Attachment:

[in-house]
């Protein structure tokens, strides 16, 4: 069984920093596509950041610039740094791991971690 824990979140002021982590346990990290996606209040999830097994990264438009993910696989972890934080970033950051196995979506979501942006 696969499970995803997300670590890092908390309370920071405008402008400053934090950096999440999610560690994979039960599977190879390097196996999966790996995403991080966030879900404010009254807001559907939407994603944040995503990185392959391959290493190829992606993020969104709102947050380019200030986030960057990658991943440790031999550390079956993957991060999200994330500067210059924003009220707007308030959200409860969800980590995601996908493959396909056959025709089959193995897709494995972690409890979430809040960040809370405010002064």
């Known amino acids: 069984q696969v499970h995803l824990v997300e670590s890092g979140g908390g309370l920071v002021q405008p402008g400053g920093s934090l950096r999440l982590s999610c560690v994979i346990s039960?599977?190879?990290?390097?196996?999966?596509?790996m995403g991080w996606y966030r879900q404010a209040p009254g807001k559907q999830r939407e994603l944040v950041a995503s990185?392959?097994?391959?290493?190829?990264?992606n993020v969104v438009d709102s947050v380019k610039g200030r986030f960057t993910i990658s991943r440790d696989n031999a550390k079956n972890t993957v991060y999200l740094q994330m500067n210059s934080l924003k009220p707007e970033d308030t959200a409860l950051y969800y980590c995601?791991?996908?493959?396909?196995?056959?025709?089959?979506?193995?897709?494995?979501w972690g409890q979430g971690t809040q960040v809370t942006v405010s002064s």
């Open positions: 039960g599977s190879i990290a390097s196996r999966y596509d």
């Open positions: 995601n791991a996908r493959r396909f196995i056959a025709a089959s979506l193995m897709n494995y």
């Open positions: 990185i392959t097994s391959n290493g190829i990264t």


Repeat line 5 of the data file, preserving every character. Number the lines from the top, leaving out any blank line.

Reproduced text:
């Open positions: 995601n791991a996908r493959r396909f196995i056959a025709a089959s979506l193995m897709n494995y």